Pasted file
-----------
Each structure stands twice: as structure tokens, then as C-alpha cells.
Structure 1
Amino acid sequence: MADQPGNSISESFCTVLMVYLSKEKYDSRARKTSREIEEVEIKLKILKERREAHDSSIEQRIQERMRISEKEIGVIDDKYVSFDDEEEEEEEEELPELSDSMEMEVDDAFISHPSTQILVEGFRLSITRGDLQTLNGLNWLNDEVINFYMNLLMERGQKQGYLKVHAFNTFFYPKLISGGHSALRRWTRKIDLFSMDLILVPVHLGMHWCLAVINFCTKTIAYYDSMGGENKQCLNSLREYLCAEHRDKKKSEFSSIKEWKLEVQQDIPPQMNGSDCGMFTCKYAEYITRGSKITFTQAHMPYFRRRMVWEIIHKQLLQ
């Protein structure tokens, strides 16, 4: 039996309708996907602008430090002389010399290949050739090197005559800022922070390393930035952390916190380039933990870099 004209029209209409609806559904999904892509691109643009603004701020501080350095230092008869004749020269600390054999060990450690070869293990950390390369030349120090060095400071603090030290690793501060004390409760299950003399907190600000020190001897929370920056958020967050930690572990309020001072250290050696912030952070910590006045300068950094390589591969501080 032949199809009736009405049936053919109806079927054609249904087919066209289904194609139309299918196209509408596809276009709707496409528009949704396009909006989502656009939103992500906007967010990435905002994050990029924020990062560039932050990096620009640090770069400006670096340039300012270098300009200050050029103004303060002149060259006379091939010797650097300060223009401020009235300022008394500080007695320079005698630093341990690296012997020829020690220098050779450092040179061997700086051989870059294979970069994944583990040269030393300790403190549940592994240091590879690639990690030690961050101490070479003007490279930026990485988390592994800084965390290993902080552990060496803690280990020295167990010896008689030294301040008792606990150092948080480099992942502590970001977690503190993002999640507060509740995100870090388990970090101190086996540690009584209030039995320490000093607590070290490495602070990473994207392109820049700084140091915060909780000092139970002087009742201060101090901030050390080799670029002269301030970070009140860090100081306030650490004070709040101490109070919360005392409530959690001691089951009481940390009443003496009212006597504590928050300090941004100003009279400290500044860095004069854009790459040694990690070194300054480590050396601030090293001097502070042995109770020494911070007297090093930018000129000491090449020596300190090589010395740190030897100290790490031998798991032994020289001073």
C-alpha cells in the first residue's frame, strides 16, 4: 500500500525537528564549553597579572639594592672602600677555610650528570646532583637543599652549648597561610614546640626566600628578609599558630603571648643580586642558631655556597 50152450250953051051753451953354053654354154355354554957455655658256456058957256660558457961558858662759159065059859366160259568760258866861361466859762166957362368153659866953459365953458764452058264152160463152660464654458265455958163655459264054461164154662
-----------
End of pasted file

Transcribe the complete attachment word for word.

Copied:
Each structure stands twice: as structure tokens, then as C-alpha cells.
Structure 1
Amino acid sequence: MADQPGNSISESFCTVLMVYLSKEKYDSRARKTSREIEEVEIKLKILKERREAHDSSIEQRIQERMRISEKEIGVIDDKYVSFDDEEEEEEEEELPELSDSMEMEVDDAFISHPSTQILVEGFRLSITRGDLQTLNGLNWLNDEVINFYMNLLMERGQKQGYLKVHAFNTFFYPKLISGGHSALRRWTRKIDLFSMDLILVPVHLGMHWCLAVINFCTKTIAYYDSMGGENKQCLNSLREYLCAEHRDKKKSEFSSIKEWKLEVQQDIPPQMNGSDCGMFTCKYAEYITRGSKITFTQAHMPYFRRRMVWEIIHKQLLQ
């Protein structure tokens, strides 16, 4: 039996309708996907602008430090002389010399290949050739090197005559800022922070390393930035952390916190380039933990870099 004209029209209409609806559904999904892509691109643009603004701020501080350095230092008869004749020269600390054999060990450690070869293990950390390369030349120090060095400071603090030290690793501060004390409760299950003399907190600000020190001897929370920056958020967050930690572990309020001072250290050696912030952070910590006045300068950094390589591969501080 032949199809009736009405049936053919109806079927054609249904087919066209289904194609139309299918196209509408596809276009709707496409528009949704396009909006989502656009939103992500906007967010990435905002994050990029924020990062560039932050990096620009640090770069400006670096340039300012270098300009200050050029103004303060002149060259006379091939010797650097300060223009401020009235300022008394500080007695320079005698630093341990690296012997020829020690220098050779450092040179061997700086051989870059294979970069994944583990040269030393300790403190549940592994240091590879690639990690030690961050101490070479003007490279930026990485988390592994800084965390290993902080552990060496803690280990020295167990010896008689030294301040008792606990150092948080480099992942502590970001977690503190993002999640507060509740995100870090388990970090101190086996540690009584209030039995320490000093607590070290490495602070990473994207392109820049700084140091915060909780000092139970002087009742201060101090901030050390080799670029002269301030970070009140860090100081306030650490004070709040101490109070919360005392409530959690001691089951009481940390009443003496009212006597504590928050300090941004100003009279400290500044860095004069854009790459040694990690070194300054480590050396601030090293001097502070042995109770020494911070007297090093930018000129000491090449020596300190090589010395740190030897100290790490031998798991032994020289001073």
C-alpha cells in the first residue's frame, strides 16, 4: 500500500525537528564549553597579572639594592672602600677555610650528570646532583637543599652549648597561610614546640626566600628578609599558630603571648643580586642558631655556597 50152450250953051051753451953354053654354154355354554957455655658256456058957256660558457961558858662759159065059859366160259568760258866861361466859762166957362368153659866953459365953458764452058264152160463152660464654458265455958163655459264054461164154662